After the patient has been radiographed, the X-ray film is processed to produce the finished radiographs. There are five basic steps involved in processing X-ray film: developing, rinsing, fixing, washing, and drying. You can process the film manually, or use an automatic film processor. For the most part, manual processing is used for a backup method for the automatic film processor and will not be discussed. If your command has manual processing capabilities, refer to the manufacturer's operating instructions. Because our discussion concerns both darkroom procedures and film processing, we will cover the darkroom first.
The darkroom has two sources of illumination: white light and safelight. A white light is a standard ceiling light. It provides regular illumination for mixing solutions and cleaning the darkroom. An unwrapped, unprocessed X-ray film must never be exposed to white light.
Exposed film is useless. A safelight, which contains a 15 watt bulb with a special filter, is the only safe source of illumination in the darkroom when processing intraoral and panoramic X-ray film. The safelight must be located no less than 4 feet from the work surface so that you can open film packets and process films safely. Limit the length of exposure of undeveloped dental films to the safelight for no more than 2 minutes. Films left out exceeding this time might get a fogged image (discussed under faulty radiographs).
Occasionally, films are ruined because of light leakage. White light may leak through the filter on the safelight or it may leak into the darkroom from an outside source. A simple test will enable you to detect leakage.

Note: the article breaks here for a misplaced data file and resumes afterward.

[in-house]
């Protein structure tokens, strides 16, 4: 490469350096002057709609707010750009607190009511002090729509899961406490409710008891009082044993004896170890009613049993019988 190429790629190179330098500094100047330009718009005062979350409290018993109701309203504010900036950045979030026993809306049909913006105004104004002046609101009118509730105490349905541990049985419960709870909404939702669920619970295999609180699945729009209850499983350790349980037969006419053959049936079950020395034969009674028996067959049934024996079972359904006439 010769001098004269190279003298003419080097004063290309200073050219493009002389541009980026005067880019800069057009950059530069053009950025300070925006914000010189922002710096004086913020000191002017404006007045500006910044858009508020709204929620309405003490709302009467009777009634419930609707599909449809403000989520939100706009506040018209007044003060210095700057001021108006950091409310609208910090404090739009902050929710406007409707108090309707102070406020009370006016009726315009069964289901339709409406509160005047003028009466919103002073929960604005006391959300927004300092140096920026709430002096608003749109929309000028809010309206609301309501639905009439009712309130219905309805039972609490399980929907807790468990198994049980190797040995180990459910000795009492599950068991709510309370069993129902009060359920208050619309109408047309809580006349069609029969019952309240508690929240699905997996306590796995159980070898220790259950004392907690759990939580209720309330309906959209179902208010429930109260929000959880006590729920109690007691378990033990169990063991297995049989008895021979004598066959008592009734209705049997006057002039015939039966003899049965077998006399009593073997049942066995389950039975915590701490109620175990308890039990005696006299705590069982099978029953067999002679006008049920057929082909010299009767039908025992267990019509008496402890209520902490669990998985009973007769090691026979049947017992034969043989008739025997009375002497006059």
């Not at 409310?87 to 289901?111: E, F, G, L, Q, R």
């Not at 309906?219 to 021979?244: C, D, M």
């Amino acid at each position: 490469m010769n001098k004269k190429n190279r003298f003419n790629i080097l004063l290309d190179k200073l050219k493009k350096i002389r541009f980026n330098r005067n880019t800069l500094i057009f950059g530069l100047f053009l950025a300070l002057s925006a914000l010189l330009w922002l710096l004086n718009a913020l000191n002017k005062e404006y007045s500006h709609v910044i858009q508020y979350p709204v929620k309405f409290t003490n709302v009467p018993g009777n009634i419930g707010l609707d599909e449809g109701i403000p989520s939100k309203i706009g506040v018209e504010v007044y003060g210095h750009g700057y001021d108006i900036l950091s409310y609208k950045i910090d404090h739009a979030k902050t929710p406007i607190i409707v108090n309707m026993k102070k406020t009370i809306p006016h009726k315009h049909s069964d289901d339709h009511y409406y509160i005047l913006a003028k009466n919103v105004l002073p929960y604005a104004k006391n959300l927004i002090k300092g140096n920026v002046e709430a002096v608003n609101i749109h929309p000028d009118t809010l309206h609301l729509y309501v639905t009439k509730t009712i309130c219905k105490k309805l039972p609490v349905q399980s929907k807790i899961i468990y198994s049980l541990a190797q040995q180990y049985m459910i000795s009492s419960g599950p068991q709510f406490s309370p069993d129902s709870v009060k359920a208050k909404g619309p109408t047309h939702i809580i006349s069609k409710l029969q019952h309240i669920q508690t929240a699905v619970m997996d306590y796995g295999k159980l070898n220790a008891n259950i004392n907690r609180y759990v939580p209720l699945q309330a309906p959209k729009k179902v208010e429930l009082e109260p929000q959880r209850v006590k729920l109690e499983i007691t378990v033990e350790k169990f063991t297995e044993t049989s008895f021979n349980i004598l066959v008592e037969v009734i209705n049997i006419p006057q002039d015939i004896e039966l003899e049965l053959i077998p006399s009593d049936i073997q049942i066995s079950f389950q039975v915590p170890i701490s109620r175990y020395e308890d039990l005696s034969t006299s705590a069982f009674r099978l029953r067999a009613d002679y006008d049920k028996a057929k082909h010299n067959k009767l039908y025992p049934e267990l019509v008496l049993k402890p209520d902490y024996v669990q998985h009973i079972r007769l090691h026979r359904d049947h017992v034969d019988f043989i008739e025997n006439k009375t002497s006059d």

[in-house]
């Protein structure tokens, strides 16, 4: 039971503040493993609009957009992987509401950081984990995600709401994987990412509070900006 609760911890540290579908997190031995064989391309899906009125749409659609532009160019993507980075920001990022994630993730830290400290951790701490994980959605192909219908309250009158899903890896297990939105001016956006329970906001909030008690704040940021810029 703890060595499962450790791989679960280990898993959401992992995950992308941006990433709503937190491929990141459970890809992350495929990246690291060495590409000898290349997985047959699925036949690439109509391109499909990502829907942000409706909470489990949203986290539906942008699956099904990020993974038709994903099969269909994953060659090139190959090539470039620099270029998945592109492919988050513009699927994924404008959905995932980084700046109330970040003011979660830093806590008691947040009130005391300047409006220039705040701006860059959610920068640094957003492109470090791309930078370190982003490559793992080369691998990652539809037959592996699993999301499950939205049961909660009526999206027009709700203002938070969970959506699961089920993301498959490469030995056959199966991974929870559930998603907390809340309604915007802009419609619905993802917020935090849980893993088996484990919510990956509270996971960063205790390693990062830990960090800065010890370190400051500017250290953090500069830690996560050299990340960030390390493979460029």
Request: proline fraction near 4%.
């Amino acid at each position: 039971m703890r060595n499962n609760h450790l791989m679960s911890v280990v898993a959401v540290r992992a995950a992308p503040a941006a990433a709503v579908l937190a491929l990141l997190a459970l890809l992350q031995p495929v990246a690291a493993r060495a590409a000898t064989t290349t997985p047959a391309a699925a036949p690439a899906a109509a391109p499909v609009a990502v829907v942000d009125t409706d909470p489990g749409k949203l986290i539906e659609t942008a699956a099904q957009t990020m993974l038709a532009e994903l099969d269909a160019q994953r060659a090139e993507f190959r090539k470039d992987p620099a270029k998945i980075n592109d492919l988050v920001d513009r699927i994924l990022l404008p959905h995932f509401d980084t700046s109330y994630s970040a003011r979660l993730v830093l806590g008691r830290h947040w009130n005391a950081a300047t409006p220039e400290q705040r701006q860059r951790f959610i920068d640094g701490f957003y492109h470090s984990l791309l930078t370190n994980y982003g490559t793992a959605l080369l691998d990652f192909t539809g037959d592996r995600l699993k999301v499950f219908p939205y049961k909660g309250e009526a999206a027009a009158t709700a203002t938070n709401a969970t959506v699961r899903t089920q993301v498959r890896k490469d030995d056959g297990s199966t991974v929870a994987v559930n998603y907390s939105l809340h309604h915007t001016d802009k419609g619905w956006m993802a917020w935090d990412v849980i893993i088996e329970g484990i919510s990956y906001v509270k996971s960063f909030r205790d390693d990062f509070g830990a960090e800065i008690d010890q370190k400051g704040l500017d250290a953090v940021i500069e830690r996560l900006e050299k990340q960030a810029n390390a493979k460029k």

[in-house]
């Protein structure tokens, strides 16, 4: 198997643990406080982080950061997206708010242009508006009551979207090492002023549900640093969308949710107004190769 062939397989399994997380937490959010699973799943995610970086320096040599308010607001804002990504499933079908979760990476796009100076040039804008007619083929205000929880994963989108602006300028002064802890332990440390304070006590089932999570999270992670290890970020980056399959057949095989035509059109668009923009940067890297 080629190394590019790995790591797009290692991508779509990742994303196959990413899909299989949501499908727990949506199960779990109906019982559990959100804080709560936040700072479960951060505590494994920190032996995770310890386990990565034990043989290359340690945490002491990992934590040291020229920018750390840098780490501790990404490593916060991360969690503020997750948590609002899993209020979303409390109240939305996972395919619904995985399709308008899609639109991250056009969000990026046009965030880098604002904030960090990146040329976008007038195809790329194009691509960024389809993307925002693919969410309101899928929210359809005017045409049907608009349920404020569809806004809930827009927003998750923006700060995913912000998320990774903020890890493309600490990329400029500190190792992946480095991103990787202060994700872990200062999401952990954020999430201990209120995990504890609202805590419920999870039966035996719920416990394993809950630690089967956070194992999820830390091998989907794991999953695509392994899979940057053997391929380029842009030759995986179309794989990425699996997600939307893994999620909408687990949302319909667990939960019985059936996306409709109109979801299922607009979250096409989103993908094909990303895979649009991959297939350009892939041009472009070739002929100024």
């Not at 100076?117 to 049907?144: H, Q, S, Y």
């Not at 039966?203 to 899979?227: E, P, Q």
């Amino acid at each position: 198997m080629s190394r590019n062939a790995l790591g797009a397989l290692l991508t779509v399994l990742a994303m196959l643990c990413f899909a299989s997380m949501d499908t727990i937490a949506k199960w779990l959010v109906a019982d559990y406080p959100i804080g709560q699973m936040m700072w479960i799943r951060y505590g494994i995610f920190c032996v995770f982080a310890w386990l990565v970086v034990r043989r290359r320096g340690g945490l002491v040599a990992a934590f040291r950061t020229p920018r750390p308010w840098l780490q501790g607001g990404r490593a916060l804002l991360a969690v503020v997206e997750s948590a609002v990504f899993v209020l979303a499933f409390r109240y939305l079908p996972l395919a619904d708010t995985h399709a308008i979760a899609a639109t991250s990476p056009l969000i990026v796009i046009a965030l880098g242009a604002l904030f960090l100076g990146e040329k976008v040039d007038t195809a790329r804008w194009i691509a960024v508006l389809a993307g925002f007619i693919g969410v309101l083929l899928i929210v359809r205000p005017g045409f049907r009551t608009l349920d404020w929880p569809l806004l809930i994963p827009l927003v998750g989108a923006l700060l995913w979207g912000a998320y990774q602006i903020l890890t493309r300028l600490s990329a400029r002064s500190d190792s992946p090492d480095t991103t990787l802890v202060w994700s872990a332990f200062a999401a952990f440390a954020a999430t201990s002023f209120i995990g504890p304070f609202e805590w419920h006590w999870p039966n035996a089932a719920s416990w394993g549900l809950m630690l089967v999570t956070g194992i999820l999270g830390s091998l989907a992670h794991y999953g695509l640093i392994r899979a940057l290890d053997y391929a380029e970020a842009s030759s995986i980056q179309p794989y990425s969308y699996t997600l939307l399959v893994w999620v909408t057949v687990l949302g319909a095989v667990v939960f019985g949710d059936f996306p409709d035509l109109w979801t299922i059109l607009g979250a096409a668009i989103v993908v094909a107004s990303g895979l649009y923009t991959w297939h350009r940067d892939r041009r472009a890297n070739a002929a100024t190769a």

To check for possible light leakage from an outside source, perform the test with all lights off, including the safelight.
Take a packet of unexposed X-ray film, open the film packet, and remove the film. Lay the film on the workbench, and place a penny over it for a period of 5 minutes. Then, process the film using the procedures provided later in this chapter. The processed film should show no image. If the outline of the penny can be seen, there is light leakage and you should inform your supervisor. You should perform this test at every location in the darkroom where unwrapped film is being processed.
Because of the alkaline and acid nature of the developer and fixer solutions, minor chemical irritation or burns can occur when they come in contact with the skin, the eyes, and the mouth. Use caution when stirring or mixing solutions. Always wear rubber gloves and protective eye wear or a protective face shield and an apron when working around these solutions. If the solutions come in contact with the skin, flush the area with large amounts of water. If the solutions accidentally splash into the eyes or mouth, flush with large amounts of water and immediately seek medical attention. Fixer solution can stain and discolor clothing.
Automatic processing is the most commonly used method of processing dental radiographs in the Navy. The automatic film processor mechanically transports exposed X-ray film through the developing, fixing, washing, and drying cycles. Automatic processing is quicker than manual processing, and it produces finished radiographs of uniform quality. A variety of automatic film processors are in use in the Navy and they can be generally classified as small or large.
The large automatic processor (fig. 1-44) processes all sizes of dental radiographs including intraoral, occlusal, panoramic, and 8-inch x 10-inch cephalometric films.
This processor will be located in the darkroom. The X-ray film must be inserted in the processor under safelight conditions. Large automatic processors can be equipped with daylight loaders, eliminating the need for a darkroom.
Perform the operational check at the beginning of each day to ensure that the processor is in good working order. It is a complex piece of equipment, so read the manufacturer's operational manual very carefully. Never attempt to repair the components inside the processor. There are a variety of large automatic processors used in the Navy today. The automatic processor's components, procedures, andContinue Reading